5 Common Pregnancy Fears
(And How to Get Over Them)
When I found out I was pregnant for the first time, three years ago exactly, I remember being flooded with clashing emotions that I had never experienced before in my life. Of course, I was ecstatic. But, deep down, I felt a pinch of anxiety that didn’t fully go away until I delivered my son and knew he was healthy.
During pregnancy, we get no guarantee that things will go smoothly. We pray before ultrasounds and checkups and anxiously await genetic test results from our doctors. In a way, we are powerless during these nine, endless months. We tell ourselves to remain calm while our minds imagine the worst possible scenarios, the most challenging fates we can possibly be dealt. What will we do if something awful happens? What can we do? We try not to think about it. We try to remain positive. But the anxiety remains.
Despite all of this, I love being pregnant. I really do. I feel protected and pampered by family and friends daily, cherish each kick and flutter within me, and am in daily awe of the female body. Women are truly incredible. I constantly remind myself to appreciate the beauty and tranquility of these nine months, without allowing myself to sink into worry and apprehension. These fears are normal, we all have them, but they can easily take over if we let them.
Here’s how you can be stronger than these fears:
Bottom line is this: less than 20 percent of pregnancies end in miscarriage, and the chances go down significantly as the weeks progress. After your doctor finds a heartbeat (usually around 6 to 8 weeks) the risk of miscarriage drops to about 5 percent. Still, if you seem to obsess over the fear of a late miscarriage, an at-home fetal monitor should help. This doesn’t mean you should look for a heartbeat 5 times a day for reassurance. Just once every week or two should do the trick. I love my Up & Raise Fetal Monitor and being able to find a clear, powerful heartbeat within seconds. As you move further along in your pregnancy, flutters, kicks, and hiccups should also be daily reminders that your little one is doing just fine.
Here’s another reassuring fact: the risk of your baby having any birth defect is only 4 percent – whether that means serious ones or the thousands of other small abnormalities out there. To do your part in making sure your baby develops properly, you can take a daily prenatal vitamin, algal or fish oil, and/or any other supplement(s) your doctor recommends (many women, for example, are anemic during pregnancy and are advised to supplement in iron.)
I was never afraid of labor because I took a step back and reminded myself that women have been giving birth since the dawn of time. Why not have faith in myself? My mother delivered three healthy babies naturally and always encouraged me to try, which I did. The media loves to paint childbirth as the most excruciating moment in a woman’s life, but the images we see are dramatic and unrealistic. Despite what Hollywood wants you to believe, your water will probably not break in the middle of a busy street and you will definitely not be rushed through hospital doors screaming at the top of your lungs a mere twenty minutes later.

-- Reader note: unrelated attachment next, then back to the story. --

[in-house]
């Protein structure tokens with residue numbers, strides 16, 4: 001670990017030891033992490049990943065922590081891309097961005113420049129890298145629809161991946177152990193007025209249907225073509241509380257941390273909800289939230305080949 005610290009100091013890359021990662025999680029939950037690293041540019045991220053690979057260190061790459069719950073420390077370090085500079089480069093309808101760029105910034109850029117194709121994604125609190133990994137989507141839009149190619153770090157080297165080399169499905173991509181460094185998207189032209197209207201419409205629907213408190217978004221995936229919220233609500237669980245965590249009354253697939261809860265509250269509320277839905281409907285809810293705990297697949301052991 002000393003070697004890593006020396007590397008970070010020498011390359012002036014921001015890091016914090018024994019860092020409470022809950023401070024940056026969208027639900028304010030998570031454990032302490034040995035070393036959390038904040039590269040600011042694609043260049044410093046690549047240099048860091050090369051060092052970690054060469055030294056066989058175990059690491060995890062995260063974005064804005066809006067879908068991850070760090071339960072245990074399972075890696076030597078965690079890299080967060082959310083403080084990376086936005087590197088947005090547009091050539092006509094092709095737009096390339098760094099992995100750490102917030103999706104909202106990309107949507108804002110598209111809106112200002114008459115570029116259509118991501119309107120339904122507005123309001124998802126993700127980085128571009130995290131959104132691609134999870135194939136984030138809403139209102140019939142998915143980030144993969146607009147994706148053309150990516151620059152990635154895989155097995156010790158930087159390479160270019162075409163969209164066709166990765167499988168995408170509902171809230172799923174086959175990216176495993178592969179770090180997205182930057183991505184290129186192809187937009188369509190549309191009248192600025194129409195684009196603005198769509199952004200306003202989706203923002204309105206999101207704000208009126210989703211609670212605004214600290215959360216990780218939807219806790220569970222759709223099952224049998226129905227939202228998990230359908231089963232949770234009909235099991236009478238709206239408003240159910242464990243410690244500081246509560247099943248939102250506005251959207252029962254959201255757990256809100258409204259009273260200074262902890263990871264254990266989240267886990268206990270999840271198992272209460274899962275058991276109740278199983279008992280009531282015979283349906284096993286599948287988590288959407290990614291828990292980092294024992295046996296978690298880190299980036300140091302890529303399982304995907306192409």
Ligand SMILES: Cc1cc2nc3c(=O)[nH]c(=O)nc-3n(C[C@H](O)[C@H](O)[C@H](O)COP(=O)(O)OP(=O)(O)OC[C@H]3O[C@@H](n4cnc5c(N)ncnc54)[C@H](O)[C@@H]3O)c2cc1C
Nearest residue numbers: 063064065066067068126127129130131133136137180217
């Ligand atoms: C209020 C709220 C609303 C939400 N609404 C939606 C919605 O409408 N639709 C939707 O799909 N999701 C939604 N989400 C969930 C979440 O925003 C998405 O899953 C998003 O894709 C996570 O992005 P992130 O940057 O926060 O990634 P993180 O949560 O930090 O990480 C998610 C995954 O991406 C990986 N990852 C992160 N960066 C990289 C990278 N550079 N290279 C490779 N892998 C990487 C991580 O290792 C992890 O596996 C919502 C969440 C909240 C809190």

Labor is not easy, but it’s manageable if you go into it with the right attitude. No one is telling you what kind of birth you should have. There are tons of ways to relieve pain during labor, but also many ways to prepare for childbirth beforehand: classes are a great way to learn more about breathing techniques, labor stages, and what to expect at the hospital in general. The more informed you are about childbirth, the less likely you are to get a non-emergency intervention at the hospital. The most important thing to remember is that you need to feel comfortable with your doctor or midwife, trust that you are delivering at a hospital aligned with your philosophy, and have a good support system (whether that is your husband, mother, or doula… or three) in the room with you.
Many moms are terrified about not being able to breastfeed, or not being capable of keeping it up for very long. Think of breastfeeding as a learning curve: if this is your first child, you have most likely never breastfed before. You are learning an entirely new art, and your tiny baby is, too. You have to be patient, keep trying, and have faith in yourself. The truth is, 90 percent or more of women can successfully breastfeed if they have the right support and mindset. Most women expect breastfeeding to immediately “click”, but that is not always the case. It takes some time for milk to come in fully and for both mom and baby to be on the same page. Do not give up because it isn’t easy right away - the first week may seem incredibly difficult to some, but like any new skill, it takes some practice and time. Lactation consultants and breastfeeding support groups are great resources to research during pregnancy if breastfeeding is something you really want to commit to.
Not Being “Good” Enough
Although labor wasn’t one of my big fears, I did have concerns about bringing home a newborn. For life, as we knew it, to change drastically. I had never been around babies before my son, and I knew the first year would be a challenge. How would we adapt to this new life? How would we balance everything? I was anxious about the immense responsibility now on our shoulders: we would be shaping the life of a human being, educating, disciplining, and building them up in a tough, frightening world. If you worry about whether or not you will be a good parent, though, that is a great sign. It means you deeply care, which is huge! You will be the perfect parent for your child if you put him/her first and do your best every single day. It won’t always be easy, but if there is love, that is all that matters.